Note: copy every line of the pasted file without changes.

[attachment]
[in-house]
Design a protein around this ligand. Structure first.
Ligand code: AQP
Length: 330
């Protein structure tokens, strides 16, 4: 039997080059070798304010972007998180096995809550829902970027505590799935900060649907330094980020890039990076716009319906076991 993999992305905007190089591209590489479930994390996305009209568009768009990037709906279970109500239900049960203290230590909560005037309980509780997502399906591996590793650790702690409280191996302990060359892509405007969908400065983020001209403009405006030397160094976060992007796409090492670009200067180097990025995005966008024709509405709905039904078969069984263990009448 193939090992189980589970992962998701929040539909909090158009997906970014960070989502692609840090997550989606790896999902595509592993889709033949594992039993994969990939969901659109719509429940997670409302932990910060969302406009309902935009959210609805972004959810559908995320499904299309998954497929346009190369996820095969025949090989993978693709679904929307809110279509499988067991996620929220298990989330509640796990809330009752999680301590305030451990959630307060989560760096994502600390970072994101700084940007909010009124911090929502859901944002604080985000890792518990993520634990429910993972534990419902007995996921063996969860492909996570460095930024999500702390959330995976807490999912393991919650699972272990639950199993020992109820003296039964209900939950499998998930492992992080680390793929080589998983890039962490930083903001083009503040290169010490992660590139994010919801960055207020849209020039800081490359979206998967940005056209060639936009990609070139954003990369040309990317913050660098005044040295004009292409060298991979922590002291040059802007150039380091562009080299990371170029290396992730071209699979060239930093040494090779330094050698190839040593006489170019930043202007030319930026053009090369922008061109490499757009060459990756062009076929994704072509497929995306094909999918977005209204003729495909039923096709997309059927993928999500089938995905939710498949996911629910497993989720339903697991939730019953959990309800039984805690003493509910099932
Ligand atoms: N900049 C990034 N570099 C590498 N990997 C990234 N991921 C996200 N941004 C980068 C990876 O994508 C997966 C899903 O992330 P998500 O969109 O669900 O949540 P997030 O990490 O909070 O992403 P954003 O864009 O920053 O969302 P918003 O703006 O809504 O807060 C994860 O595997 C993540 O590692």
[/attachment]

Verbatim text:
[in-house]
Design a protein around this ligand. Structure first.
Ligand code: AQP
Length: 330
């Protein structure tokens, strides 16, 4: 039997080059070798304010972007998180096995809550829902970027505590799935900060649907330094980020890039990076716009319906076991 993999992305905007190089591209590489479930994390996305009209568009768009990037709906279970109500239900049960203290230590909560005037309980509780997502399906591996590793650790702690409280191996302990060359892509405007969908400065983020001209403009405006030397160094976060992007796409090492670009200067180097990025995005966008024709509405709905039904078969069984263990009448 193939090992189980589970992962998701929040539909909090158009997906970014960070989502692609840090997550989606790896999902595509592993889709033949594992039993994969990939969901659109719509429940997670409302932990910060969302406009309902935009959210609805972004959810559908995320499904299309998954497929346009190369996820095969025949090989993978693709679904929307809110279509499988067991996620929220298990989330509640796990809330009752999680301590305030451990959630307060989560760096994502600390970072994101700084940007909010009124911090929502859901944002604080985000890792518990993520634990429910993972534990419902007995996921063996969860492909996570460095930024999500702390959330995976807490999912393991919650699972272990639950199993020992109820003296039964209900939950499998998930492992992080680390793929080589998983890039962490930083903001083009503040290169010490992660590139994010919801960055207020849209020039800081490359979206998967940005056209060639936009990609070139954003990369040309990317913050660098005044040295004009292409060298991979922590002291040059802007150039380091562009080299990371170029290396992730071209699979060239930093040494090779330094050698190839040593006489170019930043202007030319930026053009090369922008061109490499757009060459990756062009076929994704072509497929995306094909999918977005209204003729495909039923096709997309059927993928999500089938995905939710498949996911629910497993989720339903697991939730019953959990309800039984805690003493509910099932
Ligand atoms: N900049 C990034 N570099 C590498 N990997 C990234 N991921 C996200 N941004 C980068 C990876 O994508 C997966 C899903 O992330 P998500 O969109 O669900 O949540 P997030 O990490 O909070 O992403 P954003 O864009 O920053 O969302 P918003 O703006 O809504 O807060 C994860 O595997 C993540 O590692």